The Masque and its Afterlives: Spectacle and Heroic Action in Stuart England
Date of Award
Doctor of Philosophy (PhD)
The Masque and its Afterlives: Spectacle and Heroic Action in Stuart England examines the relation of aesthetic pleasure to political life in early modern British literary culture. Against conventional histories of the seventeenth century which narrate rupture in literary culture, I argue for continuity by uncovering the persistence the masque, a spectacular genre often thought to have dissolved with the mid-century revolution, as an imaginative resource. Tracing representations of spectacular politics from Shakespeare and Jonson through Davenant, Milton, and Marvell to Dryden at the turn of the eighteenth century, I investigate both how writers theorize the effects of art on its spectators and how they dramatize such effects in poems and plays. While writers assert the power of aesthetic pleasure to form complacent subjects when they theorize spectacle, their poems and plays reveal the capacity of spectacle to evoke unruly passions and affections that disrupt and reconfigure the body politic. I argue that spectacle is central to the construction of political community because it operates upwards as well as downwards, forming those who serve as spectacles as well as those who gaze on them. Literary culture remains preoccupied with spectacle because the political function of aesthetic pleasure persists as a problem, one of no less consequence for modern democracy than it was for early modern monarchy.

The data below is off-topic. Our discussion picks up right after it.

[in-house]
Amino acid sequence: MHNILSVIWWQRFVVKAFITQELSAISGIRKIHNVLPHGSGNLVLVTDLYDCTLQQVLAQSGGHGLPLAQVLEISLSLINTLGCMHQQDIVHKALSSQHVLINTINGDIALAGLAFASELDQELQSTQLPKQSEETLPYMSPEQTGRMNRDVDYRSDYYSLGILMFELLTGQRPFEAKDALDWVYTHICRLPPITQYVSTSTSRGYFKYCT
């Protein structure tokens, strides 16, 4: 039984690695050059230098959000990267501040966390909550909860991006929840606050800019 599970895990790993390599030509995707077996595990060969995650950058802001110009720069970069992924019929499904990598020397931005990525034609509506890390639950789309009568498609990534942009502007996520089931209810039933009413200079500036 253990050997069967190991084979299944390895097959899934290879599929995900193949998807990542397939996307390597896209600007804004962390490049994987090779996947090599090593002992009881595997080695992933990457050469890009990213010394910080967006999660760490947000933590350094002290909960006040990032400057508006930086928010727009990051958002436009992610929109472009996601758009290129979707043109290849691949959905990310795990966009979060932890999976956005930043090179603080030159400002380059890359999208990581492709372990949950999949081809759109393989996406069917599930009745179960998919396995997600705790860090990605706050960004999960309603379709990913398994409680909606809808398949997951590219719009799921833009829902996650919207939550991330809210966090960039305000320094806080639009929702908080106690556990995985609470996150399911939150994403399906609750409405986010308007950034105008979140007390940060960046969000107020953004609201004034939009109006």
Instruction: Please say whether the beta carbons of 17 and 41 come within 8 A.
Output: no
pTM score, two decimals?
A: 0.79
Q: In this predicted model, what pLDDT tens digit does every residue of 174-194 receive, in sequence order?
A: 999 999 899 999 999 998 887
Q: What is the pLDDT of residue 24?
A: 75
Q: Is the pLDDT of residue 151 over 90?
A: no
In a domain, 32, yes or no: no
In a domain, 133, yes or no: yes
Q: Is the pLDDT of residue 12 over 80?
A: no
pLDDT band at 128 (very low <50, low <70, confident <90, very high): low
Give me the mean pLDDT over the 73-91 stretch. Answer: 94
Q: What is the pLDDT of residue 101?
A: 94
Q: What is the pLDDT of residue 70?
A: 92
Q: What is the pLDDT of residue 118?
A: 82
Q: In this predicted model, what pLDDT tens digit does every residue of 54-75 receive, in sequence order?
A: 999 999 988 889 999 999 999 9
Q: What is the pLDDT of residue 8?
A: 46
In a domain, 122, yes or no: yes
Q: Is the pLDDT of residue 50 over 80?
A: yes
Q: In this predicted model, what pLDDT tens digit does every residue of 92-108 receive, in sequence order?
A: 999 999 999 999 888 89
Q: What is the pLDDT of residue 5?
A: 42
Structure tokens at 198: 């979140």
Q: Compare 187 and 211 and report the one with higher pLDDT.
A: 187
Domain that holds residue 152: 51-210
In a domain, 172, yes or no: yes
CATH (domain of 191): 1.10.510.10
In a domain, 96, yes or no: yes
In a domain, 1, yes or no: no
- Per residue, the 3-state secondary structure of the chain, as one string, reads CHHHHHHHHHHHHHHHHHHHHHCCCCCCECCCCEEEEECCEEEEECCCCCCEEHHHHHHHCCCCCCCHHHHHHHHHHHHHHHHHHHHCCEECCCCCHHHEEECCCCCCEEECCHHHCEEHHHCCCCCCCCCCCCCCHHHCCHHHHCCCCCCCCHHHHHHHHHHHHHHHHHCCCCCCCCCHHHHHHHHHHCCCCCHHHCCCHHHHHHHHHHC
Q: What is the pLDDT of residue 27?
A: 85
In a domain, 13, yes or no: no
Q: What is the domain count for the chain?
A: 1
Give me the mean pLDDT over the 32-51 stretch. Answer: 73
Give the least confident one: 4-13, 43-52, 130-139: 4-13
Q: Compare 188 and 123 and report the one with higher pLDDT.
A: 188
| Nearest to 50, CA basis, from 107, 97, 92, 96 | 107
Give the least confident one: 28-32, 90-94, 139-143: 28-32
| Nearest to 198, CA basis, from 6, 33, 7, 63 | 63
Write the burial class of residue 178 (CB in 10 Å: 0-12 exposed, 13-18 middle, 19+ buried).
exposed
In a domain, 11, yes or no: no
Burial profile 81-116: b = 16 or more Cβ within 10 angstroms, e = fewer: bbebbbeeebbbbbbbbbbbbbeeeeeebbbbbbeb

Chair and Committee
Joseph Loewenstein, Wolfram Schmidgen
Sattler, Amy, "The Masque and its Afterlives: Spectacle and Heroic Action in Stuart England" (2012). Arts & Sciences Electronic Theses and Dissertations. 207.
Permanent URL: https://doi.org/10.7936/K7KD1VVK